After further high praise for John, who mastered his rough puff thanks to some trademark forking, the judges came to James. A slice of his pithivier slumped sideways on Paul Hollywood's plate. "Oh no," said James, even before Paul's knife confirmed the pastry was underdone. Soggy bottom.
Judges in talent-show finals can sometimes be nice, because all the contestants by now are brilliant by definition, or nasty, because standards should be stratospheric. Paul and Mary went for nice when they saw tears in James's eyes: they praised his filling, but it was too late. James, who gets so much joy from baking he transmits that satisfaction through the TV screen, looked awfully deflated.
Brendan stayed bullish, boldly awarding himself "ten out of ten" for the first round and confidently starting round two. Fondant fancies: tiny, sweet things that are troughable in one bite, yet deceptively complicated. Sponge, plus marzipan, plus buttercream, plus fondant, plus chocolate drizzle. The contestants had been let off making the plastic tray, the box and those crinkly white waxy cases, but this was still a fiendish technical bake.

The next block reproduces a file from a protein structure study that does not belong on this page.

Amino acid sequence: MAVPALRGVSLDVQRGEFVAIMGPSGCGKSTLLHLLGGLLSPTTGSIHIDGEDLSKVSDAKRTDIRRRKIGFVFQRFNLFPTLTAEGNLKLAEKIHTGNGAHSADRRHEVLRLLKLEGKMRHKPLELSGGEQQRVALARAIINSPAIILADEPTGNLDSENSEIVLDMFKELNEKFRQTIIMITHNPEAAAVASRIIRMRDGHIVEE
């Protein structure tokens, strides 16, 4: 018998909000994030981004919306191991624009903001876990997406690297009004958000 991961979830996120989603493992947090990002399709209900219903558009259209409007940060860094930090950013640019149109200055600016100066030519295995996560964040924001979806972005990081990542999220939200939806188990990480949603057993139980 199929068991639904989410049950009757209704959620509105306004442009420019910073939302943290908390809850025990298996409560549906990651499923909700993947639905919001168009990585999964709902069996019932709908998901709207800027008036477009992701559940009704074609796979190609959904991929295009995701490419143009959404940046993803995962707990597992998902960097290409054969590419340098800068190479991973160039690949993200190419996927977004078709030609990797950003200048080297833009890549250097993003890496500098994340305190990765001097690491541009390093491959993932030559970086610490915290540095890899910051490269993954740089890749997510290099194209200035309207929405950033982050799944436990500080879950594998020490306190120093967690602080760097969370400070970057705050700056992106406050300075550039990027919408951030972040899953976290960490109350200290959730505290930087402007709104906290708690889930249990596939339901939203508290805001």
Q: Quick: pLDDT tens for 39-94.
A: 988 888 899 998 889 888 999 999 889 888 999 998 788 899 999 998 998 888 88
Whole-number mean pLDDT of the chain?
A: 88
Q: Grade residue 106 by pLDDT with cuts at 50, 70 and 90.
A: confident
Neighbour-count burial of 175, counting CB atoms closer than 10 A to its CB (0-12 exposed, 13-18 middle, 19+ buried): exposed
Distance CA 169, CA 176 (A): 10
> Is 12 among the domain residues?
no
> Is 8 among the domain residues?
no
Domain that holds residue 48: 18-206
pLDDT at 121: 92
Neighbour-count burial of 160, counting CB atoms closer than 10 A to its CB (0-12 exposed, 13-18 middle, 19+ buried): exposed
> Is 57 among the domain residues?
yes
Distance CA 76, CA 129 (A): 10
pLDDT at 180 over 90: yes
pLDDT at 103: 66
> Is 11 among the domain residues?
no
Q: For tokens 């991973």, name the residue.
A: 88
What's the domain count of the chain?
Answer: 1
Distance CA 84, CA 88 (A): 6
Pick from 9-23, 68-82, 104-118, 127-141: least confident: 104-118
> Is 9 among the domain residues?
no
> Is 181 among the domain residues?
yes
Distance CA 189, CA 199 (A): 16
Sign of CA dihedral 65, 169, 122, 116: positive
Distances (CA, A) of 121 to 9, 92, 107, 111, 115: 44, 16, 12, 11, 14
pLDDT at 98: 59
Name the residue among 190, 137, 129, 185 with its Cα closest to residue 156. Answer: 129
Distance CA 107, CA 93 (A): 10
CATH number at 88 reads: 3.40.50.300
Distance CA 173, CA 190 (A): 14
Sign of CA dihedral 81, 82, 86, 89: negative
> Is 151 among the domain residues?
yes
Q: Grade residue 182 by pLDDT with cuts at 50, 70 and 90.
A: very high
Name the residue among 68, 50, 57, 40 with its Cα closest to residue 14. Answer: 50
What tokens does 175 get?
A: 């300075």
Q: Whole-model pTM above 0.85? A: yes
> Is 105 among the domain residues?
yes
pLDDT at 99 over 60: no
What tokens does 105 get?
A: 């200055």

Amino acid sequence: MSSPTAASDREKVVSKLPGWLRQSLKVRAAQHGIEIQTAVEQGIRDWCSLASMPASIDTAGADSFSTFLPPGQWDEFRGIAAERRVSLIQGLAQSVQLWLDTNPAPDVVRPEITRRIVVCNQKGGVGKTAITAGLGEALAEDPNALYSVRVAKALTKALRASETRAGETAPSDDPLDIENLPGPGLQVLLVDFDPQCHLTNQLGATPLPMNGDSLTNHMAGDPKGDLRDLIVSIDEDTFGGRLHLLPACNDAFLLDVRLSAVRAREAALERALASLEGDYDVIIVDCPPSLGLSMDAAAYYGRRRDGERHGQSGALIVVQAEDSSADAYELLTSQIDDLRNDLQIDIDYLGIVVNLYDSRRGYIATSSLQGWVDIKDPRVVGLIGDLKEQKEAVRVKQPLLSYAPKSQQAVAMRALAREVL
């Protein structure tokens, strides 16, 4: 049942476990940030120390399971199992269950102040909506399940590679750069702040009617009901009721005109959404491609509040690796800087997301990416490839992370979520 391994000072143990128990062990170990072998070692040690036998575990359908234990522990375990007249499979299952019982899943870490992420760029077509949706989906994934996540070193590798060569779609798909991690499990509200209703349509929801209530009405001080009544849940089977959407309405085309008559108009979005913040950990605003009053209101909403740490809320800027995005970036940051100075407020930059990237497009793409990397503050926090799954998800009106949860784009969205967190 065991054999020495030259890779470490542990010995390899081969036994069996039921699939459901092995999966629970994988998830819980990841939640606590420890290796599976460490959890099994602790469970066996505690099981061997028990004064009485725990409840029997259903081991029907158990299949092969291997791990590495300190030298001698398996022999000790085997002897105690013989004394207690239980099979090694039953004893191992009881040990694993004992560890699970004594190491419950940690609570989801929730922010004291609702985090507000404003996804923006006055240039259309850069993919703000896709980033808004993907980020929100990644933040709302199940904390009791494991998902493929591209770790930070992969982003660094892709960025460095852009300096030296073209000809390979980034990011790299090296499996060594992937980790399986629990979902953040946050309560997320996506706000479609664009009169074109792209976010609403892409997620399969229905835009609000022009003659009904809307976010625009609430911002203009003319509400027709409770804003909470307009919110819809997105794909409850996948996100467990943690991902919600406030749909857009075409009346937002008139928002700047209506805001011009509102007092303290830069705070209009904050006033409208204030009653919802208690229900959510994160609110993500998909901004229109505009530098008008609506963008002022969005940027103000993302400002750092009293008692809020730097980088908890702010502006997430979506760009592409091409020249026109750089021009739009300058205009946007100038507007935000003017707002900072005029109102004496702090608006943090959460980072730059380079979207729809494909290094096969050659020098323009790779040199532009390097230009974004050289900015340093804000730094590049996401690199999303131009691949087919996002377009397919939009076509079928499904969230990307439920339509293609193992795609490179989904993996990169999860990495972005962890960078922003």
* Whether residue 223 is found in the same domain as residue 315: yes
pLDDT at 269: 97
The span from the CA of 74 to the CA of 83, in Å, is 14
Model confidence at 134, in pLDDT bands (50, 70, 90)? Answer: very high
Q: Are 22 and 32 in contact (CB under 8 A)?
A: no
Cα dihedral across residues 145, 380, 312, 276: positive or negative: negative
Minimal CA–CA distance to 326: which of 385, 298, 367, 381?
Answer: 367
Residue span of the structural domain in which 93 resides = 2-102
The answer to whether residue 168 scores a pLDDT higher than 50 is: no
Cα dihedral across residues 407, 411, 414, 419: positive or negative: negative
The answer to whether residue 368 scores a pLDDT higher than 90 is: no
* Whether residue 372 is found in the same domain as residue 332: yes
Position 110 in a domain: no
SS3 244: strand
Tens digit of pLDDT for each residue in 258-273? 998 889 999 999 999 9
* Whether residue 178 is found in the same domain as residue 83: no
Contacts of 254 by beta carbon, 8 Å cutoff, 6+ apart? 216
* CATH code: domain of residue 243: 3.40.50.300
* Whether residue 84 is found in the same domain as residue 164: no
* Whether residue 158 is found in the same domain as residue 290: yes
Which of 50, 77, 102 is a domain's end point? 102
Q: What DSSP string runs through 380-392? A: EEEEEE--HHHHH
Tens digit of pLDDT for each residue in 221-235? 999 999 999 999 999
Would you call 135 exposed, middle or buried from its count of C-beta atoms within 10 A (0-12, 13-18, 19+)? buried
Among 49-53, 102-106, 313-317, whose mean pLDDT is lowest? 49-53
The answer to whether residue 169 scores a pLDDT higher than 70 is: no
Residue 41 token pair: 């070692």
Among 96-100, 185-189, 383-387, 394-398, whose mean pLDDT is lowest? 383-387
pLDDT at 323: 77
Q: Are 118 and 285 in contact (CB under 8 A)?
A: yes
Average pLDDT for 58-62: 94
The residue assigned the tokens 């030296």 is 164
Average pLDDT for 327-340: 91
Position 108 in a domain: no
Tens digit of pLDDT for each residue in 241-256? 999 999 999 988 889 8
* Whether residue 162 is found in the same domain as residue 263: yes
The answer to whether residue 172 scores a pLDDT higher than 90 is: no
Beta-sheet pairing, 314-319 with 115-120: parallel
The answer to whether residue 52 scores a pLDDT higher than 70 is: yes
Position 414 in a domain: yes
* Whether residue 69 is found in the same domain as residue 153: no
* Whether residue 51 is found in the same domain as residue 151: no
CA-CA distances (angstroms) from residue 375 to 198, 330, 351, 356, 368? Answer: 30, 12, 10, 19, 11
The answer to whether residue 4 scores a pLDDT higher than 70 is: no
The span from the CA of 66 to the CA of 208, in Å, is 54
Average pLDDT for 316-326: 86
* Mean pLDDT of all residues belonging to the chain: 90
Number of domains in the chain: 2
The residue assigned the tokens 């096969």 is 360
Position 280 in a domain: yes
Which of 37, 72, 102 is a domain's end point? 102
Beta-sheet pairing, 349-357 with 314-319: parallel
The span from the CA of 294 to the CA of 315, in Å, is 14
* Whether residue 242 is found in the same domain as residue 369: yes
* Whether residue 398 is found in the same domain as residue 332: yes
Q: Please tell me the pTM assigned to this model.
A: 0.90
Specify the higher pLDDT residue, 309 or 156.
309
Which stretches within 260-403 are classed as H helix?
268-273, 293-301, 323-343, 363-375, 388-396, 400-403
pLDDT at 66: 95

"Sponge and accuracy," said Brendan, "[are areas] I do have some skills in." He eyed James, talking with the calm, quiet menace of a villain in a two-part psychological crime drama.
James, however, was not yet beaten. With his sponge in the oven, he licked some icing sugar off his finger and started coolly prowling round his workstation. "Nothing to it, really." Yes! Rock 'n' roll, Marlon Brando, recipe-in-the-bin James was back!
Fondanting the fancies was up James's street too. He dunked his sponge in the icing with abandon, while Brendan insisted that a full dip wasn't required. One drippy failure later, Brendan was forced out of his compulsive neatness and was plunging his sponges too, ending up ladling pink stuff onto the cake, his hands and the worktop. "It's not my finest work is it?" he said, tetchily.